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January 9, 2017
Dr. Jarrett Brynes: Using social media to further research
By Morgan O'Hanlon
Sea Grant funded scientist uses social media, untraditional methods to promote science
“Marine ecologist, online bon vivant, science crowdfunding curious,” reads the description on Jarrett Brynes’s Twitter page. A quick look through his tweets reveals links to research articles and marine science puns galore. At well over 6000 posts, Byrnes, an associate professor of biology at UMass Boston, has maintained an active and enthusiastic scientific presence on this social media platform over the years. For promoting his scientific research in the salt marshes and eelgrass beds of New England, this MIT Sea Grant funded researcher has several tricks up his sleeve. Byrnes is using his social media savvy to encourage environmental stewardship, to promote the scientific career field, and to advance his own career.
To support his MIT Sea Grant funded research in the marshes of Massachusetts studying the biodiversity and food webs of these areas, Byrnes uses blogging, Facebook, and his personal favorite, twitter, “You’re limited in the amount you can say, so the power in it is being able to link to other interesting sources.” Byrnes’s lab uses #marshlife to connect interested communities with their work. Interestingly, this tag was already in use when Marc Hensel, one of Byrnes’s grad students at UMass-Boston, began to using it to promote the lab’s research efforts. The coincidence of connecting with this online community is an example of social media’s ability to connect new and different communities with academics and their research. For Byrnes social media is a ready made way of injecting science into community of people who care about the environment.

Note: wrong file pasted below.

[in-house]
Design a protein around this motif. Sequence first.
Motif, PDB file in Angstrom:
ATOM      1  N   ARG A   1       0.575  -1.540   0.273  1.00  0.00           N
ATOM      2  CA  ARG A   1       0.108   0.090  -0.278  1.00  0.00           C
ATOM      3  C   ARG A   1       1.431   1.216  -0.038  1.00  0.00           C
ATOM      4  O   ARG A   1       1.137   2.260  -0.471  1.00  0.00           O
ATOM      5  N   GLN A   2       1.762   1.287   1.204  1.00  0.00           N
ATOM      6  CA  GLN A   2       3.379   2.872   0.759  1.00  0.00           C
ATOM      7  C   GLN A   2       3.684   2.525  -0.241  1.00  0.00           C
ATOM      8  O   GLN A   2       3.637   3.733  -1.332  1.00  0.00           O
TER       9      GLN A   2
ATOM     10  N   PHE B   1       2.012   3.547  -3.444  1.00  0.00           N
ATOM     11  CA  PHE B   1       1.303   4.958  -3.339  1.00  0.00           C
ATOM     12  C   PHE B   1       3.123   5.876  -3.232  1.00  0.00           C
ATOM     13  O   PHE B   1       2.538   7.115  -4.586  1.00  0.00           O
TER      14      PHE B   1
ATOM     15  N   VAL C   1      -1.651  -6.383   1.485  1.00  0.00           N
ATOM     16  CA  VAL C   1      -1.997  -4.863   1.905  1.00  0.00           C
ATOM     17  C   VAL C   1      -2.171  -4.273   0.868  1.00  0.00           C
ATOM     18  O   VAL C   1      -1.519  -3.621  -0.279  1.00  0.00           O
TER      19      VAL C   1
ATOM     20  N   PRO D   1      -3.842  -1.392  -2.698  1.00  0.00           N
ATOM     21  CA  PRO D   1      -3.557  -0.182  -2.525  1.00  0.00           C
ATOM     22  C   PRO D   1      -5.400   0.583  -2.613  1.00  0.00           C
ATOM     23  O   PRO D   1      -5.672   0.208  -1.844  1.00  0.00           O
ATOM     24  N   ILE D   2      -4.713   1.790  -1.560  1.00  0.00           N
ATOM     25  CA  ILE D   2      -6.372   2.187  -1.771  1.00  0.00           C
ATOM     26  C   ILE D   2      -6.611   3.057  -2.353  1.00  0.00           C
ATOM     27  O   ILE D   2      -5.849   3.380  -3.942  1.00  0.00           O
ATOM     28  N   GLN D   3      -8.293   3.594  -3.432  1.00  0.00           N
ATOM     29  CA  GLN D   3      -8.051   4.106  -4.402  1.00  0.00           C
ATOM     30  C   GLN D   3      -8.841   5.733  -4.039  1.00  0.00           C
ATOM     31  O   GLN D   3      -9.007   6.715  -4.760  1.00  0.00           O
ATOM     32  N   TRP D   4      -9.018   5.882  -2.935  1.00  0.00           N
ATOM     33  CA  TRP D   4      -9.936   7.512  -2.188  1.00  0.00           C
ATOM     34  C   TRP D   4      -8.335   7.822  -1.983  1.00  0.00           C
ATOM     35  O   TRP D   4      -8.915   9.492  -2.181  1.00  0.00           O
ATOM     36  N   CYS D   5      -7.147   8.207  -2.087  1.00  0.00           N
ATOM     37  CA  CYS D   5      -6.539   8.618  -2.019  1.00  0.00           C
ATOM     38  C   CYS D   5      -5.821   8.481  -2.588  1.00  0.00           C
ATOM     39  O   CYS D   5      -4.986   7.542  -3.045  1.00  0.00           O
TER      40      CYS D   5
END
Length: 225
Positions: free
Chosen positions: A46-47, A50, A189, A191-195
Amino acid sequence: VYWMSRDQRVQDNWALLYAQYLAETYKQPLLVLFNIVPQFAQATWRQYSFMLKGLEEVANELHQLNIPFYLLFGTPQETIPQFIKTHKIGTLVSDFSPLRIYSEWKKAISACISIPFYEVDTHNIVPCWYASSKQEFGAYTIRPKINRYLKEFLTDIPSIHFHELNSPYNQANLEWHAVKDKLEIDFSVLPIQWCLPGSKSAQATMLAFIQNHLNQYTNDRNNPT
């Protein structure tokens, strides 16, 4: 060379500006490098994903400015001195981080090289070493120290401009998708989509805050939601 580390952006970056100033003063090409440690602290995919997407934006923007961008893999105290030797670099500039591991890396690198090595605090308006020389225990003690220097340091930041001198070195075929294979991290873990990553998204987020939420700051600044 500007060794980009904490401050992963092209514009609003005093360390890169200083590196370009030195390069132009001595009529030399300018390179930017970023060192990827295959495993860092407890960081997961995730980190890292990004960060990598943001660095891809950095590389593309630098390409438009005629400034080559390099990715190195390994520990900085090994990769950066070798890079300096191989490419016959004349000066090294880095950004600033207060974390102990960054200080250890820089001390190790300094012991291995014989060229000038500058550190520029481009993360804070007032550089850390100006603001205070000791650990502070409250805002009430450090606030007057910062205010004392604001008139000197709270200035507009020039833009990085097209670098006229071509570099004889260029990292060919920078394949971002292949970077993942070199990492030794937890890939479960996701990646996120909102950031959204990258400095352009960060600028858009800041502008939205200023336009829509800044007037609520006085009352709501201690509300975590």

Byrnes presence on social media has enabled him to take great strides in his career. Opportunities such as co-authorship on papers have often started as conversations on social media and grown into real-life projects. He’s been listed as co-author on papers with various topics ranging from Humboldt squid to tropical forest biology, neither of which he ever thought he would be doing. Some of the collaborators that he’s worked with are people whom he’s never met in person before.
“Social media both works as an outreach tool and a really great way to reach broader audiences but its also a way to give yourself a much larger pool of colleagues that you interact with on a daily basis”, says Byrnes.
Although Byrnes is no longer unique in his use of social networking, he began using social media in his grad school years, a start which he said has made him somewhat of an outlier amongst his peers in the scientific community. For Byrnes and others, the benefits that social media usage provides both the public and the scientist community are clear, “It’s one of those things where the more you put into it, the more you get out of it.”
Publicly accessible social media sites provide a space for discussion and exploration of science itself. Scientists ranging in media exposure from famous Bill Nye the Science Guy to the many professors of science at Universities world-wide have active profiles on Twitter, creating a vast pool of scientific research projects, raw ideas, and inquiries, for exploration.